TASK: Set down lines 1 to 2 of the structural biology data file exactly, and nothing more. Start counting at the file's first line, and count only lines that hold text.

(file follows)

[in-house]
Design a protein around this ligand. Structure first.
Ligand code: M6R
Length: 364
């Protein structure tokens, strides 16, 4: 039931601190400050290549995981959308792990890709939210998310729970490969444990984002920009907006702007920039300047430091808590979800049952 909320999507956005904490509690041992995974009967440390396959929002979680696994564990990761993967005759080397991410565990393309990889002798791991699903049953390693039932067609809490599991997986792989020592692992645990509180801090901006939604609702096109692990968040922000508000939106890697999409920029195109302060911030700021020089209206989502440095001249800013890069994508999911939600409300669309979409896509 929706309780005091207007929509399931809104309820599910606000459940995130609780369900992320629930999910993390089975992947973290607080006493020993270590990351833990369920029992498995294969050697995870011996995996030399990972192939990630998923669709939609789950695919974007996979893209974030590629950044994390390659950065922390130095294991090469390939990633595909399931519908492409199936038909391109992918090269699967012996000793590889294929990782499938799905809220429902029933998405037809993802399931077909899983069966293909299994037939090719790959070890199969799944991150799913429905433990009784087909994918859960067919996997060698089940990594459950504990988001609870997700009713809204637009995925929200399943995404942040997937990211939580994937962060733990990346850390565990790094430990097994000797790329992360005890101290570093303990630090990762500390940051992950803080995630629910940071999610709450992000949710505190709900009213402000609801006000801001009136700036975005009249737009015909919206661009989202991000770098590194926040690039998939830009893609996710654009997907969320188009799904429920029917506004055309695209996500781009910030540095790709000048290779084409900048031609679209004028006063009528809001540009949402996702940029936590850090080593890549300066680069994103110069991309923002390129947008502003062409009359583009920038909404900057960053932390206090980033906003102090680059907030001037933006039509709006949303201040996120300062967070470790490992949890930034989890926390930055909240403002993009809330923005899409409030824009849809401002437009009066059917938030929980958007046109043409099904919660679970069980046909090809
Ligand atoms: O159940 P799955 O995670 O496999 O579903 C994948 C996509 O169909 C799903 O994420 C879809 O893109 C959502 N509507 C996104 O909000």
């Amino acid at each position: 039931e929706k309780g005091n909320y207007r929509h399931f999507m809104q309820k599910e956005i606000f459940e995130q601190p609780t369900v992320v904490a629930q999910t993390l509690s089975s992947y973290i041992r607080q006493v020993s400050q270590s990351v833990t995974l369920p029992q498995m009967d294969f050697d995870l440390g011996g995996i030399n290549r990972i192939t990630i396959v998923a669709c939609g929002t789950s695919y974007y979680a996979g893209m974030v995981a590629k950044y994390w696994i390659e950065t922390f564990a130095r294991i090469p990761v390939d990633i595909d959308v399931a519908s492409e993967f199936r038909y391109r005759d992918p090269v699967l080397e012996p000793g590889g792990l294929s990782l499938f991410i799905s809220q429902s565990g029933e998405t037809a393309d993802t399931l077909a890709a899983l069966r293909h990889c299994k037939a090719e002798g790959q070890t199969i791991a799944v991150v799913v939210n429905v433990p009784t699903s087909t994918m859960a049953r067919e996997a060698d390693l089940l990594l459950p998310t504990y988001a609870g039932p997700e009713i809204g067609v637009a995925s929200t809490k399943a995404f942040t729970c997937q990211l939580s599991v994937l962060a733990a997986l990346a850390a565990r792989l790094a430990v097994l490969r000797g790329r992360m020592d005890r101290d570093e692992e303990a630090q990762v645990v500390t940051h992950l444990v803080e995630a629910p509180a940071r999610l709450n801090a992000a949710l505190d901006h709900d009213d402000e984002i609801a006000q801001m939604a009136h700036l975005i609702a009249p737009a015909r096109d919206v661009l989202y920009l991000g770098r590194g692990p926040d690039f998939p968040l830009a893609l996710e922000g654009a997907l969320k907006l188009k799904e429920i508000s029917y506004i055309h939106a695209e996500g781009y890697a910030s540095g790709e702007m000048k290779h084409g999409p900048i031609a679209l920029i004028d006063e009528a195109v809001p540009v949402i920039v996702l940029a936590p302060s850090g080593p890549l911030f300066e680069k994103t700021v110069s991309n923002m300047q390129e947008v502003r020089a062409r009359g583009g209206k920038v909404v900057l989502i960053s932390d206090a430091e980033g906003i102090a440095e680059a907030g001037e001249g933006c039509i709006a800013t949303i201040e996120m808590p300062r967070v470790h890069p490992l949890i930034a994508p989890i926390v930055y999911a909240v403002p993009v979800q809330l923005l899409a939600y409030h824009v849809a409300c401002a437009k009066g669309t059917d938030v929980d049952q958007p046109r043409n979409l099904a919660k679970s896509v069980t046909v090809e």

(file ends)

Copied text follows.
[in-house]
Design a protein around this ligand. Structure first.